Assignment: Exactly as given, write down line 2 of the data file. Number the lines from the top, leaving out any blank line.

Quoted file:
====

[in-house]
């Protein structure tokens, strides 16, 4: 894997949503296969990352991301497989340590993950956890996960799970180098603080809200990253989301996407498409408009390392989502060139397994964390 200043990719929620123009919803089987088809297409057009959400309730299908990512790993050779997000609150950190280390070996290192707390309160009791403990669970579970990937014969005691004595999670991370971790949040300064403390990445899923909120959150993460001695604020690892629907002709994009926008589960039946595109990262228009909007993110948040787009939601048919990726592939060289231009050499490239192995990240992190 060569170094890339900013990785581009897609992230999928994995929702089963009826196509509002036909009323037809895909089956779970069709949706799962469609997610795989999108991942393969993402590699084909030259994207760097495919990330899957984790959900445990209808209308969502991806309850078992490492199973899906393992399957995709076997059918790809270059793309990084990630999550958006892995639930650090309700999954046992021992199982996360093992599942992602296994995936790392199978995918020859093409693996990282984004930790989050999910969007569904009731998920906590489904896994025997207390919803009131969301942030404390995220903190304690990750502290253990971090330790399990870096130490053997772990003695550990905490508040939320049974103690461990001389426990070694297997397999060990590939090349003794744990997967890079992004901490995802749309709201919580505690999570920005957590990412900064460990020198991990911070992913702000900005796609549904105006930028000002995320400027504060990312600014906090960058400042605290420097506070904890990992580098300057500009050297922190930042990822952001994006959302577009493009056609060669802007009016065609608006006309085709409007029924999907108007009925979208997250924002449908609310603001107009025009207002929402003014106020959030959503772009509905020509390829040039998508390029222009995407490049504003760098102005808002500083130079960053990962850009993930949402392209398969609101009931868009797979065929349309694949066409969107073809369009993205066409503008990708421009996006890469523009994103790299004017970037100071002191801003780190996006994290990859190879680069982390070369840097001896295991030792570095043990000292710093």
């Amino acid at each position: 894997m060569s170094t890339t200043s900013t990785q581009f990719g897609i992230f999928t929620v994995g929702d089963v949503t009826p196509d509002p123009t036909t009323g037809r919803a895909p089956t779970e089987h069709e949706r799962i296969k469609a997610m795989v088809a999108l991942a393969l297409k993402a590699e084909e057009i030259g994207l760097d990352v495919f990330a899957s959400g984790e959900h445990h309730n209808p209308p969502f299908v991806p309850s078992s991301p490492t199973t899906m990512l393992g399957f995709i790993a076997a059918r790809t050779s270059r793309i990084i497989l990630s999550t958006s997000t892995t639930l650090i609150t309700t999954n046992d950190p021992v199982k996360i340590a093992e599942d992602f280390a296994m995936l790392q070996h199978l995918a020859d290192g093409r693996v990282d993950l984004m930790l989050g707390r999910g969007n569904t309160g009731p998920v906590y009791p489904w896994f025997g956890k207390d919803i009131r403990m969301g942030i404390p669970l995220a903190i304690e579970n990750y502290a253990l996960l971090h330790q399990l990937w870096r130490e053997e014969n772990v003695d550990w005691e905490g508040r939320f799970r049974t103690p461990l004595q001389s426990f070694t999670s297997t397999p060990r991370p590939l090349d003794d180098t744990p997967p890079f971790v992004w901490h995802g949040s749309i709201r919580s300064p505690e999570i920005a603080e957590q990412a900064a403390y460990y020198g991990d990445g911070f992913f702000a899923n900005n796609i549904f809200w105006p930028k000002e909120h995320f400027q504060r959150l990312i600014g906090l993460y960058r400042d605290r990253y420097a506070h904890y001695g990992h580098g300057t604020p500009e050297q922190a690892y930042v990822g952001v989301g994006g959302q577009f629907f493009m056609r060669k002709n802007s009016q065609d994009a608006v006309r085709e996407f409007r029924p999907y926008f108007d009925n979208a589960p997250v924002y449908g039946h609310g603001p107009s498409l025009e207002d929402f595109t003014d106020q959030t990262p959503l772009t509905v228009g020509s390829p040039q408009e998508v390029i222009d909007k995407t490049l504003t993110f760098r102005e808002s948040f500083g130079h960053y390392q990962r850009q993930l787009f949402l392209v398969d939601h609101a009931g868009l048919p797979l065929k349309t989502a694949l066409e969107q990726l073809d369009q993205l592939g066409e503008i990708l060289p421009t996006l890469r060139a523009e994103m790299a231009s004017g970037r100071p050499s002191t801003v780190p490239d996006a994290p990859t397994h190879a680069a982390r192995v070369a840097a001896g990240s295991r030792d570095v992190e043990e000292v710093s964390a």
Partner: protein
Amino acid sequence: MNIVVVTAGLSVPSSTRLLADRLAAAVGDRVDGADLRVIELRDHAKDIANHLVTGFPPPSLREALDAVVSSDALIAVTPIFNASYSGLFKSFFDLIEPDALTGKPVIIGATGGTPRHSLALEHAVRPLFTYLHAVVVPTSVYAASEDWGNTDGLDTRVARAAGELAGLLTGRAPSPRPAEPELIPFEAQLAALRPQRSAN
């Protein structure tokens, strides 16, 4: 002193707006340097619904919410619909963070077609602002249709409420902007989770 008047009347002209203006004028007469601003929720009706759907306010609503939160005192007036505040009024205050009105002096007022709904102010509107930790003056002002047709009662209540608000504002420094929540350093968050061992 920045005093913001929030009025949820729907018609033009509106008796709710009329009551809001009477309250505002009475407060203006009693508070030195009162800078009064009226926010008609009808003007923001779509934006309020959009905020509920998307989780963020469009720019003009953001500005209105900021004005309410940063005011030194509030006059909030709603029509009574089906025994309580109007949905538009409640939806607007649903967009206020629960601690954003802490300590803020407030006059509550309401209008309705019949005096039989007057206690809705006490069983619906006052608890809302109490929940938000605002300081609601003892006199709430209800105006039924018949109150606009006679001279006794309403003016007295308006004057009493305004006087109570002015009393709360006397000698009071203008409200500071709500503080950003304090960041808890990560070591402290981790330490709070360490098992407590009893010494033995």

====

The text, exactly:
């Protein structure tokens, strides 16, 4: 894997949503296969990352991301497989340590993950956890996960799970180098603080809200990253989301996407498409408009390392989502060139397994964390 200043990719929620123009919803089987088809297409057009959400309730299908990512790993050779997000609150950190280390070996290192707390309160009791403990669970579970990937014969005691004595999670991370971790949040300064403390990445899923909120959150993460001695604020690892629907002709994009926008589960039946595109990262228009909007993110948040787009939601048919990726592939060289231009050499490239192995990240992190 060569170094890339900013990785581009897609992230999928994995929702089963009826196509509002036909009323037809895909089956779970069709949706799962469609997610795989999108991942393969993402590699084909030259994207760097495919990330899957984790959900445990209808209308969502991806309850078992490492199973899906393992399957995709076997059918790809270059793309990084990630999550958006892995639930650090309700999954046992021992199982996360093992599942992602296994995936790392199978995918020859093409693996990282984004930790989050999910969007569904009731998920906590489904896994025997207390919803009131969301942030404390995220903190304690990750502290253990971090330790399990870096130490053997772990003695550990905490508040939320049974103690461990001389426990070694297997397999060990590939090349003794744990997967890079992004901490995802749309709201919580505690999570920005957590990412900064460990020198991990911070992913702000900005796609549904105006930028000002995320400027504060990312600014906090960058400042605290420097506070904890990992580098300057500009050297922190930042990822952001994006959302577009493009056609060669802007009016065609608006006309085709409007029924999907108007009925979208997250924002449908609310603001107009025009207002929402003014106020959030959503772009509905020509390829040039998508390029222009995407490049504003760098102005808002500083130079960053990962850009993930949402392209398969609101009931868009797979065929349309694949066409969107073809369009993205066409503008990708421009996006890469523009994103790299004017970037100071002191801003780190996006994290990859190879680069982390070369840097001896295991030792570095043990000292710093």